U.S. tops World 6-4 in All-Star Futures Game

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The U.S. squad received scoreless performances from nine of its 10 pitchers and got a homer from Indians prospect Jason Kipnis in winning the All-Star Futures Game 6-4 on Sunday.

Kipnis homered to start the bottom of the first of Braves phenom Julio Teheran, and the U.S. went on to build a 3-0 lead through five before the World Team touched Cleveland’s Drew Pomeranz for four runs in the sixth.

Keying the World rally were a two-run homer from Dodgers prospect Alfredo Silverio and an RBI triple from the Rangers’ Jurickson Profar.  Pomeranz was unable to finish the sixth, making way for the Twins’ Kyle Gibson after giving up three hits and a walk.

The U.S. came back to win by scoring three times in the eighth.  Grant Green, who took over for Kipnis at second base, drove in a run with his second double in two at-bats and was named the game’s MVP afterwards.

Phillies prospect Jarred Cosart picked up the win after striking out two in a perfect eighth.  The Mets’ Matt Harvey retired the only batter he faced in the ninth for the save.

Bryce Harper, the prospect most were there to see, played the whole game, only to end up 0-for-4 with two strikeouts.

The Rays’ Matt Moore, who was picked over Teheran as the game’s top pitching prospect by Baseball America last week, put on the best show of all the premium arms.  He was consistently in the high-90s while throwing a perfect fourth.

Joe Maddon: “I have a defensive foot fetish.”

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The Cubs’ defense — or lack thereof this year — has been a topic of conversation as it could help explain why the team hasn’t played at the elite level it played at last year.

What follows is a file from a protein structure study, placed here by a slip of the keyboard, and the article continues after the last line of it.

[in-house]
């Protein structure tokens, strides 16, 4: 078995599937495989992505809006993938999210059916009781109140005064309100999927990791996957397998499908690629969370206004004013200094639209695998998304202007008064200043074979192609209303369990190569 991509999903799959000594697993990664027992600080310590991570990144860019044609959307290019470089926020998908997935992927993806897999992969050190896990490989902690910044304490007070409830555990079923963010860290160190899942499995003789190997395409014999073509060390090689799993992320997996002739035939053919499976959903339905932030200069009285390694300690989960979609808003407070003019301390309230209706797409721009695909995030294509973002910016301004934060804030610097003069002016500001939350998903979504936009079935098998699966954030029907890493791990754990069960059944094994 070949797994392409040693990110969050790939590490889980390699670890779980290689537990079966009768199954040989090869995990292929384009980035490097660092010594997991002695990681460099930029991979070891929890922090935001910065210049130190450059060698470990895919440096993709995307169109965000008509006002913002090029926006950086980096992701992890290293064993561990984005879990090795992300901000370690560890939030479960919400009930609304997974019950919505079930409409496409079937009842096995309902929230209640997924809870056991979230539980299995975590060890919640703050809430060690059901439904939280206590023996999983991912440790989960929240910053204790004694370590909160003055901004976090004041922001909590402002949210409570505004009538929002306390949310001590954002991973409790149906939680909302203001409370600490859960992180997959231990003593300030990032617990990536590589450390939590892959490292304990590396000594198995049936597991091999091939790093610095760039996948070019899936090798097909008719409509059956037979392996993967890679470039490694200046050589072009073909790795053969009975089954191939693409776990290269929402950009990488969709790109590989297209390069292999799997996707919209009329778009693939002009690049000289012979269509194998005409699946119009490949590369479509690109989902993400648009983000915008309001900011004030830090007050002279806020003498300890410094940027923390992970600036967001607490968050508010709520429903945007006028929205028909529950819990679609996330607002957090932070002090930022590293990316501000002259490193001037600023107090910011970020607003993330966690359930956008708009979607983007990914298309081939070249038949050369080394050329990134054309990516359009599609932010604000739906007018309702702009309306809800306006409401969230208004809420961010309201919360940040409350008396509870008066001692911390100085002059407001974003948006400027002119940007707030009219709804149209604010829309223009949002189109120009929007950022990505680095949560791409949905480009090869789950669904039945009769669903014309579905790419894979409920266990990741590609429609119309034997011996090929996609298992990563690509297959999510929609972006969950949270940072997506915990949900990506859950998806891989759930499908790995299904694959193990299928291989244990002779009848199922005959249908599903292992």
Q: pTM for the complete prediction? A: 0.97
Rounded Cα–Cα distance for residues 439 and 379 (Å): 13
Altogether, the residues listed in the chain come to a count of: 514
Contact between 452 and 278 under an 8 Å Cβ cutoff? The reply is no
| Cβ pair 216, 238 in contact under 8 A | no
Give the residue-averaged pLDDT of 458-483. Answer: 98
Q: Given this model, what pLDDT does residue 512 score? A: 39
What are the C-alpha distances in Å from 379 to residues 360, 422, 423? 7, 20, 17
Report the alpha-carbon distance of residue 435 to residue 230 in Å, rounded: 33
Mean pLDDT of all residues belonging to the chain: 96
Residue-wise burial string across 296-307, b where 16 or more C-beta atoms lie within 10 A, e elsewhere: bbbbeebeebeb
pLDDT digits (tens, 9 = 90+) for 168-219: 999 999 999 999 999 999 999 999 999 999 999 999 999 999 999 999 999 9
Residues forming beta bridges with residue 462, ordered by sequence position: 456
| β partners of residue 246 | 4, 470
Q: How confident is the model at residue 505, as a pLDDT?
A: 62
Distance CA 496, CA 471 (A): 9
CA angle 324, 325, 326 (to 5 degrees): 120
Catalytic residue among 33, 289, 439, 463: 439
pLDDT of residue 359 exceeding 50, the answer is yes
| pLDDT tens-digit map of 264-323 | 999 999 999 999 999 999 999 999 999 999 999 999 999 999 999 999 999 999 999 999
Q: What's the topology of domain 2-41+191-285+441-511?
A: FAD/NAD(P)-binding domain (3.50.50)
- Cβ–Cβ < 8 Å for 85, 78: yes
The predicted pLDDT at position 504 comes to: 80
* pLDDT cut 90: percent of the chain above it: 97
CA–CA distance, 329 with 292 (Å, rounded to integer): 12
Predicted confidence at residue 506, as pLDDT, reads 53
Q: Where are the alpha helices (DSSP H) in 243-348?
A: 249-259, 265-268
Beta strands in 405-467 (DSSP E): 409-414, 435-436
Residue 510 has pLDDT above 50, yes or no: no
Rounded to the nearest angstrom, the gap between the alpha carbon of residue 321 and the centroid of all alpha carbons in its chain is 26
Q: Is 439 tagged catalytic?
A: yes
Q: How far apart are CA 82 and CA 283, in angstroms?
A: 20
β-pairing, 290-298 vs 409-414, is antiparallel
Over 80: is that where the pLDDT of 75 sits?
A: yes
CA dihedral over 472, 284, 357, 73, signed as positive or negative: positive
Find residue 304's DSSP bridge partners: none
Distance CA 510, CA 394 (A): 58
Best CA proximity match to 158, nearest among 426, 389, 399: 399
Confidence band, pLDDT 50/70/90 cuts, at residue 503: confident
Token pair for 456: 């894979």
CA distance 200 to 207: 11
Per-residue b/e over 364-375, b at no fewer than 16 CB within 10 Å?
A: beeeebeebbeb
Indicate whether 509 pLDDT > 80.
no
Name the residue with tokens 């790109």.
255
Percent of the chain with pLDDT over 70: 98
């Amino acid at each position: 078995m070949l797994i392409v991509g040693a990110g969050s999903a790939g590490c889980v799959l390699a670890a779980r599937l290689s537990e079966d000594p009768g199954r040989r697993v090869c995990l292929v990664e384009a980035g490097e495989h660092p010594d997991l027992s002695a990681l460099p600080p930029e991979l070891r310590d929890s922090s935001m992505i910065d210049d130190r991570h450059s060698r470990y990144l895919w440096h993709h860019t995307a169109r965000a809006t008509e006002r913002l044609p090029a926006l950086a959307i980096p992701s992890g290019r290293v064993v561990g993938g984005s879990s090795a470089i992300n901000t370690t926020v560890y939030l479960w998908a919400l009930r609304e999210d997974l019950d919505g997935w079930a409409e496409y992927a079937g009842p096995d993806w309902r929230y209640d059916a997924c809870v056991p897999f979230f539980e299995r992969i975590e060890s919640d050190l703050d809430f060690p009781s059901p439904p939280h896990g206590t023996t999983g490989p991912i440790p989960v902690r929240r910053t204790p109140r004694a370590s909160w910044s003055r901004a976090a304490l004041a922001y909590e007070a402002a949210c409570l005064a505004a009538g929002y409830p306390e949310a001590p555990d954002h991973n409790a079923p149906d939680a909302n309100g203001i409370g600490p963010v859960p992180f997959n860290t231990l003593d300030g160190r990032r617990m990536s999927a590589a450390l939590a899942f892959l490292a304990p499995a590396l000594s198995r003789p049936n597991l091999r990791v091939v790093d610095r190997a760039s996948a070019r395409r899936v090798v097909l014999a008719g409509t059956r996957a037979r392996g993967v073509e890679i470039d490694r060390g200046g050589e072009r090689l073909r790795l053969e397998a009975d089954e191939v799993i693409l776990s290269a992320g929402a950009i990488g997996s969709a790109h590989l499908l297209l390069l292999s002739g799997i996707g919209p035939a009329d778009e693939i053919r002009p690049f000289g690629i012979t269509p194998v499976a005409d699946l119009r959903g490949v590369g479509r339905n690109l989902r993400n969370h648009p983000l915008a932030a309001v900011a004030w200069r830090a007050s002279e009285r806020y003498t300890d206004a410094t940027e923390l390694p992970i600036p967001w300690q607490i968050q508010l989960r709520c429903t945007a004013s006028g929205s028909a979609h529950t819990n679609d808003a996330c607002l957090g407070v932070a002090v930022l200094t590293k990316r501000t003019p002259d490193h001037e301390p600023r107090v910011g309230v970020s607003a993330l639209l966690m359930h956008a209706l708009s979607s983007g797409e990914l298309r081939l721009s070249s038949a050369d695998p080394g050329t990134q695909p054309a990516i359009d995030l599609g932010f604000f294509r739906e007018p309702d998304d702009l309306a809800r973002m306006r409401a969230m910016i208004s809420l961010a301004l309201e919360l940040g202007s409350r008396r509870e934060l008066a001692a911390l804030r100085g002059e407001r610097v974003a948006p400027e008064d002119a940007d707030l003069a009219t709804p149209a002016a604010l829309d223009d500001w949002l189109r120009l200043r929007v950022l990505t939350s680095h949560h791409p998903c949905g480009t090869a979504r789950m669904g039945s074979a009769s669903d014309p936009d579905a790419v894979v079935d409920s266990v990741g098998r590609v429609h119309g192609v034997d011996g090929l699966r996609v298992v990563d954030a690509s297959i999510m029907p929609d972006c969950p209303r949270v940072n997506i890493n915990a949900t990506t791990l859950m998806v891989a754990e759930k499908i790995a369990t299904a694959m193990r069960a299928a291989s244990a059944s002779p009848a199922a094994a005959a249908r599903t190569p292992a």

Manager Joe Maddon tried to go into detail about that but ended up channeling his inner Rex Ryan. Via CSN Chicago’s Patrick Mooney.

Well then.

The Nationals have scored 62 runs during four Joe Ross starts

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If, in the future, Joe Ross ever complains about a lack of run support, point to his first four starts of the 2017 season.

Ross started on April 19 in Atlanta against the Braves, on April 25 in Colorado against the Rockies, on April 30 at home against the Mets, and on May 23 at home against the Mariners. In those games, the Nats’ offense scored 14, 15, 23, and 10 runs respectively for a total of 62 runs, or an average of 15.5 per start. Ross was the pitcher of record for seven, eight, 10, and 10 runs for a total of 35 runs (8.75 runs per start), which would still make him the major league leader in run support by that restrictive standard.

Among qualified starters — Ross did not qualify — entering Tuesday’s action, the Rockies’ Antonio Senzatela led the way according to ESPN, averaging 7.11 runs of support in nine starts. The Rockies scored double-digit runs in only three of those starts, oddly enough.

Per the Nationals, the 62 runs of support for Ross is a major league record in a pitcher’s first four starts of a season.